Is it easy for you to hold others accountable? Even the most seasoned leaders can find this difficult.
Yet, accountability is the very thing that makes everything work.
Holding others accountable was indeed challenging for Randy, CEO of Andes, Inc., and this meant that the company wasn’t getting the results it needed. What’s more, Andes had begun to lose market share. Would it survive?
Randy was missing just one ingredient in order to turn things around.
Randy had brought in a bevy of consultants to review the company’s challenges. His drawer was full of strategic plans, and employees had undergone training in a number of programs meant to help them work better, smarter, and get greater results. Yet, nothing had worked. Meanwhile, it was discovered that some teams were duplicating efforts, and others weren’t delivering on what was expected. Randy was frustrated, and sometimes lost his temper, wondering why people weren’t just doing what they should do.
The fact was, he simply wasn’t holding his team accountable. And in turn, they weren’t holding their own teams accountable, either.
Things were a mess.
Holding others accountable is what is necessary to helping others to deliver on their commitment so that the work gets done. If you are responsible for organizational or team outcomes, it’s necessary to learn how to do this well so that you get the results you need. Holding others accountable is also a way of saying, “Your contributions matter,” which motivates employees and helps them to be more engaged.
Holding others accountable, however, can feel awkward.
And that’s what Randy felt. He was great at inspiring and motivating others but helping them to follow through was where he fell short. He thought that providing clear feedback felt like criticism, and so he avoided giving others the feedback they needed in order to know they were on track. Left to their own devices, the executive team simply interpreted what they thought should be done, did the best they could, but failed miserably because of a lack of information. They passed on this unfortunate culture of murky mediocrity to the rest of the organization – and this is why it started to fail.
Fortunately, with coaching, Randy turned things around. He met with his team, agreed on what was needed, and shared the 5 steps to hold others accountable. Over time, Andes moved into a position of excellence.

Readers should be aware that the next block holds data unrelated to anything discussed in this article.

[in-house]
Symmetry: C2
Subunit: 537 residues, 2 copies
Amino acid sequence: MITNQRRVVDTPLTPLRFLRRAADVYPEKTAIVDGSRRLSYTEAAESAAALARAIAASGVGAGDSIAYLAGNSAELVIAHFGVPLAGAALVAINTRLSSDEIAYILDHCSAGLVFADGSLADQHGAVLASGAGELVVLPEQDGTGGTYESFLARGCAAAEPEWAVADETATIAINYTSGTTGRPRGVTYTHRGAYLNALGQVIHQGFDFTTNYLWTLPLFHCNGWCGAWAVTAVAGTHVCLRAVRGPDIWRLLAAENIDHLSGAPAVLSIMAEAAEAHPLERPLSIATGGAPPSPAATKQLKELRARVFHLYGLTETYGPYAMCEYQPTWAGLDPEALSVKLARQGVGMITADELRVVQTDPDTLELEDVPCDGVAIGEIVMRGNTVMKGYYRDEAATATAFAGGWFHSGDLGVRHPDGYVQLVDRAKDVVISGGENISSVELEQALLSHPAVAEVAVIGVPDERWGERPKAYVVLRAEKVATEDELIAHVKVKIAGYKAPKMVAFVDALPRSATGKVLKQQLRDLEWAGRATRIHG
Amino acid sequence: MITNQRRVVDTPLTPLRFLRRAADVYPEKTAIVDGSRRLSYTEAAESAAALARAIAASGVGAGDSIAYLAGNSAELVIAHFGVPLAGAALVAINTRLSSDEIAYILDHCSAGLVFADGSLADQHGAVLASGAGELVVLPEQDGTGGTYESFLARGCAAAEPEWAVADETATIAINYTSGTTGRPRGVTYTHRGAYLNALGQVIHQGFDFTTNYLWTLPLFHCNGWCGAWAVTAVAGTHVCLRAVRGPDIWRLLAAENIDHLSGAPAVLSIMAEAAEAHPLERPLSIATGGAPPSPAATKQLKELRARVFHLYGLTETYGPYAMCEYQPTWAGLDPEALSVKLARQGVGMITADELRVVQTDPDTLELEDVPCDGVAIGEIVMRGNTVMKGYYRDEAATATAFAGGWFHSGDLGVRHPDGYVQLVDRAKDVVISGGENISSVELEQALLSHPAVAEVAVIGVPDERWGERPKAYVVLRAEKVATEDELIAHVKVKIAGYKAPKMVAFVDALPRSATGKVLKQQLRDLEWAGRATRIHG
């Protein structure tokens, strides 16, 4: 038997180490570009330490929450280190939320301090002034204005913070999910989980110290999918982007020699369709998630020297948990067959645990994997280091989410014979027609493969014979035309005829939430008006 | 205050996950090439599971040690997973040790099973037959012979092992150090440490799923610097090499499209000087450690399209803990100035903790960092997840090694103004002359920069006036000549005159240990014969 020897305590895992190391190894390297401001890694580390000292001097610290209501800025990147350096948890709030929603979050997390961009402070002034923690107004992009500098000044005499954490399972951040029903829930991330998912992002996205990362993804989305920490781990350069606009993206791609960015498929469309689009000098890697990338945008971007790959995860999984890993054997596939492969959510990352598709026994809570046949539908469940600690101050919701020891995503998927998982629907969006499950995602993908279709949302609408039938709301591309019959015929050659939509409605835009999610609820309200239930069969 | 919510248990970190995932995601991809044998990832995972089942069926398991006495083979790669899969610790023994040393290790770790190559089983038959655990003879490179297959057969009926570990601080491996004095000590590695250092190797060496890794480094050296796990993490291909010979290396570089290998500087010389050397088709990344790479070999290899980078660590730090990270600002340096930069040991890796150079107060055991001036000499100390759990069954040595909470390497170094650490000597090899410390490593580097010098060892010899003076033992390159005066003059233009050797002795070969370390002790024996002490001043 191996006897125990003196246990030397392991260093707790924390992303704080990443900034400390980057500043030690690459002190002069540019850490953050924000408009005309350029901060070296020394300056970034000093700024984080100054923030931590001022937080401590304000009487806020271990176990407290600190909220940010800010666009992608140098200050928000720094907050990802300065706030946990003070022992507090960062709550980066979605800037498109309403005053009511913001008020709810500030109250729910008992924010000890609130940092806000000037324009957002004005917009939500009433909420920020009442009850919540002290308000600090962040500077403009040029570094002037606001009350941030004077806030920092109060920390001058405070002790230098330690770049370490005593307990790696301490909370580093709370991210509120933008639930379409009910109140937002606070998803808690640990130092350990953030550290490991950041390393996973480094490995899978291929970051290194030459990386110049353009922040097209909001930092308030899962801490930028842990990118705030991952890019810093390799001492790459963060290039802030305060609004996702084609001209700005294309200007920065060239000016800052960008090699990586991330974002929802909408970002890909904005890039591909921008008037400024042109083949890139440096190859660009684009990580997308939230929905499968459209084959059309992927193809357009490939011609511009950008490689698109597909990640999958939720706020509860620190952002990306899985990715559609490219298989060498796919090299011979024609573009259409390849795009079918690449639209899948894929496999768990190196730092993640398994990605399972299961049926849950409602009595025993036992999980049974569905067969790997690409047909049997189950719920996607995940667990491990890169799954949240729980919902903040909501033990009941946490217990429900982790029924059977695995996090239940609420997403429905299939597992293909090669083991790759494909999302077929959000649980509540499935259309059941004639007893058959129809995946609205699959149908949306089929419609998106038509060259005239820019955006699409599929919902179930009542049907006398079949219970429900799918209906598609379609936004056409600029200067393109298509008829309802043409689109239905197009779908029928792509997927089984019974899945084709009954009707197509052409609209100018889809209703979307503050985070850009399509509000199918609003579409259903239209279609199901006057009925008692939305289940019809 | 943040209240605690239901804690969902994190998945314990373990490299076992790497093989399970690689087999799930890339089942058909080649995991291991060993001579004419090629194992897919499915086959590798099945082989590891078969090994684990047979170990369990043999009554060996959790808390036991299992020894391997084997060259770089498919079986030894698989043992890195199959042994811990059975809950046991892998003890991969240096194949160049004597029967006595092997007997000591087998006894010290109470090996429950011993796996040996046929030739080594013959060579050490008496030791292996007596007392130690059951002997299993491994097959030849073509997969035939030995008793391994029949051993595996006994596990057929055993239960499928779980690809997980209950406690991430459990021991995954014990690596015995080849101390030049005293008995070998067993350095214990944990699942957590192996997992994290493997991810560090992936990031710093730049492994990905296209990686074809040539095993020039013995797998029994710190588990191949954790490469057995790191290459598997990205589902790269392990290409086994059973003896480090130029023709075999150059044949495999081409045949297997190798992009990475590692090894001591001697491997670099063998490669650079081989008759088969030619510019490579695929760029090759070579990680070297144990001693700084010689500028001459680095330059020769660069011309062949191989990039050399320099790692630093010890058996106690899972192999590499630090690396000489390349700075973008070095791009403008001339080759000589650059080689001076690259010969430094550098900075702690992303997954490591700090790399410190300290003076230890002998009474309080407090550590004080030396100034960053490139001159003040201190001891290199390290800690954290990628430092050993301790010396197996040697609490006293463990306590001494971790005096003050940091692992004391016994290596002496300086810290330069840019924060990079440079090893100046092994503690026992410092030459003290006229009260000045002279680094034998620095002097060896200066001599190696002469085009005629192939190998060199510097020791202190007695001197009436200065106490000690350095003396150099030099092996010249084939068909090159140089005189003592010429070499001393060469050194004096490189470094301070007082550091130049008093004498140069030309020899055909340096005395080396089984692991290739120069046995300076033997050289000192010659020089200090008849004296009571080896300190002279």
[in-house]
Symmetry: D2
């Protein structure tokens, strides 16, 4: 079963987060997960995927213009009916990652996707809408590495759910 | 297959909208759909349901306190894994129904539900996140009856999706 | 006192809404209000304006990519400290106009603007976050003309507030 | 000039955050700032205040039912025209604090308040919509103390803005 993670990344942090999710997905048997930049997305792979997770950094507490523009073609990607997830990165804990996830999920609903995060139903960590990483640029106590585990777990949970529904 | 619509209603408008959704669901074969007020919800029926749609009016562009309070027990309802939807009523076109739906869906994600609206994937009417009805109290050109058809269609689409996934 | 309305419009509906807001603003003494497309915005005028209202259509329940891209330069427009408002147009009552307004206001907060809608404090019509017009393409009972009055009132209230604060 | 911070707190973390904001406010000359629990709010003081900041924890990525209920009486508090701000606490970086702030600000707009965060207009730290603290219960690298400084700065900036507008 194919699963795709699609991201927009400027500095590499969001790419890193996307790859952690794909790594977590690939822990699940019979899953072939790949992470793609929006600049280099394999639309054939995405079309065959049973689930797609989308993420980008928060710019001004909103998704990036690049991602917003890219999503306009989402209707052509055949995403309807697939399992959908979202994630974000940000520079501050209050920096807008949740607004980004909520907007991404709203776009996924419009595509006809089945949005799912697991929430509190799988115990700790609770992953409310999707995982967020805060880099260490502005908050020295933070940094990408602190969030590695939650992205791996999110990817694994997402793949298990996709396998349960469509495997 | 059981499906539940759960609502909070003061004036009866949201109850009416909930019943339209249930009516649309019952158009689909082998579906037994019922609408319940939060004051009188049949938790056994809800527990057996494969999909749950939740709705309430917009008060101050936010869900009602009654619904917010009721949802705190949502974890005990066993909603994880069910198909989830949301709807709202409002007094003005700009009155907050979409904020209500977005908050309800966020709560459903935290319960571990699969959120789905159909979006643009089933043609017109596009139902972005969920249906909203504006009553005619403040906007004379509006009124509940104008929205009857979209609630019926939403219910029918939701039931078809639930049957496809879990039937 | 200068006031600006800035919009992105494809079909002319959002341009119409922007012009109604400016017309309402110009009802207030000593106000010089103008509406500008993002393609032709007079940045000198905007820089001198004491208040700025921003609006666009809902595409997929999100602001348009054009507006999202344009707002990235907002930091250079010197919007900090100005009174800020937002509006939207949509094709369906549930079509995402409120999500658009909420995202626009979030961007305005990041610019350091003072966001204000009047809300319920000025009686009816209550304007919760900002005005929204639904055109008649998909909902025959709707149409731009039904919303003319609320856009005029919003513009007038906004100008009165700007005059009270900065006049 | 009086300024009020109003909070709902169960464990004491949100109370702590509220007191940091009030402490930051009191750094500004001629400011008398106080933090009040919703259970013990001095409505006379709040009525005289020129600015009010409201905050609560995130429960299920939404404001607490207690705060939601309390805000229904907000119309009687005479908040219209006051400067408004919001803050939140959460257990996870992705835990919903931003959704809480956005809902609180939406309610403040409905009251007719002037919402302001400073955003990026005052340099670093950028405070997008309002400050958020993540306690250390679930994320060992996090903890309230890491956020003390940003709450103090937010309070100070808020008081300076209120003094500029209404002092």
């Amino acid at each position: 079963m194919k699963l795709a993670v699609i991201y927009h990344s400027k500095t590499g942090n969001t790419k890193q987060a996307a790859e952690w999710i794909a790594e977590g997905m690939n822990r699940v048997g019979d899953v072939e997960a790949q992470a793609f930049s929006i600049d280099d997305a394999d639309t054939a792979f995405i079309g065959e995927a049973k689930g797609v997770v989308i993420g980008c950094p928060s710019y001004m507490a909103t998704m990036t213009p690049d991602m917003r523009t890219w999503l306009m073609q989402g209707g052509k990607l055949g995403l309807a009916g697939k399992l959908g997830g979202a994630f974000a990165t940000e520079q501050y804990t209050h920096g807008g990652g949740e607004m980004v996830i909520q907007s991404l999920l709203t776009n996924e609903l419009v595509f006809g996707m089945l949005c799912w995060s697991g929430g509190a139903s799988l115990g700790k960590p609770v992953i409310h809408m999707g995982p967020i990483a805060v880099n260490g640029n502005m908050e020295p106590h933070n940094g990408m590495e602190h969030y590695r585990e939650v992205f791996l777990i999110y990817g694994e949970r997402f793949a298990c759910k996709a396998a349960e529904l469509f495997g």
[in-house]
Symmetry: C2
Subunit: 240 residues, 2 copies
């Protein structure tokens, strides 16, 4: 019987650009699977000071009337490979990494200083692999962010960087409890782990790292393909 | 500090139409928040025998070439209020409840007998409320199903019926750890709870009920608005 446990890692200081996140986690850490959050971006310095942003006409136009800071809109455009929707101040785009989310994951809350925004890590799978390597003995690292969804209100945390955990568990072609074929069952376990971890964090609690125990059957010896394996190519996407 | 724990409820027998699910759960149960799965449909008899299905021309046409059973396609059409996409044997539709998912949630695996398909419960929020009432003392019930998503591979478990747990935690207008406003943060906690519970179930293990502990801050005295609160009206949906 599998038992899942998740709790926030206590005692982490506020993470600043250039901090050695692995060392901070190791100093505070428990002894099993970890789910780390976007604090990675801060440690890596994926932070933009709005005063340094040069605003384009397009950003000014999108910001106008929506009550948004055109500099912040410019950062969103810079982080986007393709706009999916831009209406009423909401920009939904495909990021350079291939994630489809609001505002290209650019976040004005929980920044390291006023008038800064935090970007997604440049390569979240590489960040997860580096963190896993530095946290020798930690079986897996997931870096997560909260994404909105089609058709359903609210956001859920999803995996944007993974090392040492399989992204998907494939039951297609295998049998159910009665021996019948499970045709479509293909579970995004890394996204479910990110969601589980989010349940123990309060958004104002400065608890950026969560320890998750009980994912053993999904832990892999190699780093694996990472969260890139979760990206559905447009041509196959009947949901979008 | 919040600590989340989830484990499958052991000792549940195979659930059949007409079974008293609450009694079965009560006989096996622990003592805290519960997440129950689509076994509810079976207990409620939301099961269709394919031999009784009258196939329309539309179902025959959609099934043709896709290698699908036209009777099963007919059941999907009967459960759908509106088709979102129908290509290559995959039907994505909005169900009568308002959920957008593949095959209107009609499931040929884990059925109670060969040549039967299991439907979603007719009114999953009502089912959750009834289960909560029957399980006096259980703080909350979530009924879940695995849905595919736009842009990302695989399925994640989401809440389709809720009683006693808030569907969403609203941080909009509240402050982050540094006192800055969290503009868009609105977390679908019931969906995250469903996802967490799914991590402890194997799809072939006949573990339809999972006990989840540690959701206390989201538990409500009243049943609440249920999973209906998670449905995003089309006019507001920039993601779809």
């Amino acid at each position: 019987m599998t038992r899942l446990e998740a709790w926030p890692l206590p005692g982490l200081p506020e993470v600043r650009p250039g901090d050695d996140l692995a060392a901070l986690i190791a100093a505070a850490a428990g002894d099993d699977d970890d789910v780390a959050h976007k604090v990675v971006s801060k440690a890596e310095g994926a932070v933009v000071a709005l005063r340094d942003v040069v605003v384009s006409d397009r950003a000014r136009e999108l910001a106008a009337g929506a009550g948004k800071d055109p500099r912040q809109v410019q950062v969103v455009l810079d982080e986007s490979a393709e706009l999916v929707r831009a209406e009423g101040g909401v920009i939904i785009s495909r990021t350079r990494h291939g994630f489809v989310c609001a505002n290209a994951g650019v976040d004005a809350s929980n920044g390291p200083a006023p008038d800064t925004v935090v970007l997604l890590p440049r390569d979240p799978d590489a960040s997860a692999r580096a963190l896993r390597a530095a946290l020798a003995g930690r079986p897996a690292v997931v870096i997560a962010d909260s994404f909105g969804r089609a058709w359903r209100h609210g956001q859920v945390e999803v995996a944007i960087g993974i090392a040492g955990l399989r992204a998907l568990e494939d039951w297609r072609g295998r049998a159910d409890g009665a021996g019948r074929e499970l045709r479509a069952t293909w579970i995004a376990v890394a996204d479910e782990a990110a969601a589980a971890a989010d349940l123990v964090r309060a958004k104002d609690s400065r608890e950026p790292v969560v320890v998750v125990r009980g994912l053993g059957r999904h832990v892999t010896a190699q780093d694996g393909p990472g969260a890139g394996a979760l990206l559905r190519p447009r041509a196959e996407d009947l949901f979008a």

If you feel you need to strengthen your accountability game, use these 5 steps to put in place a system that works:
1. Be clear about your expectations.
In order for others to be able to deliver on your expectations, they need to understand what these are. Be sure that as you share what you expect that you ask them if they have questions and let them know that they will have access to you for questions as they move forward.
2. Help identify the skills and resources needed to support them.
What will they need in order to perform well? Who are the people they need to work with, and what are politics, protocols, and processes of which they need to be aware in order to succeed?
3. Follow up regularly.
Agree on the way in which your reports will keep you updated on their progress. Do you want them to meet with you regularly to report to you, or provide a written report? How often? What elements do you need to see in the report?
4. Give clear and timely feedback.
Honest and ongoing feedback is critical to the process. Be sure you are timely so that this becomes a powerful mentoring experience. And be clear in your feedback. If you are not, you should not expect to see the progress you expect.
5. Clear consequences.
Have you made sure you have done everything you can to help the person succeed in performance? If they have succeeded, reward this in a way that is appropriate to the outcome such as acknowledgment, recognition, or even a bonus or promotion. If there has been a lack of clarity on your part, be sure you course-correct this by repeating the steps above. And if the person shows signs of inability or commitment to perform, then it’s time to release them from the assignment or role with any other appropriate steps needed.
I challenge you to make accountability a chief focus for the coming season. Your leadership will be even more effective, and your results will help the organization to thrive.
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Patti Cotton helps executives optimize their effectiveness in leading self, others, and the enterprise. Her areas of focus include confidence, leadership style, executive presence, effective communication, succession planning, and masterful execution. With over 25 years of leadership experience, both stateside and abroad, Patti works with individuals, teams, and organizations across industries, providing executive consulting, leadership development, succession planning, change management, and conflict resolution. She is also an experienced Fortune 500 speaker. For more information on how Patti Cotton can help you and your organization, click here.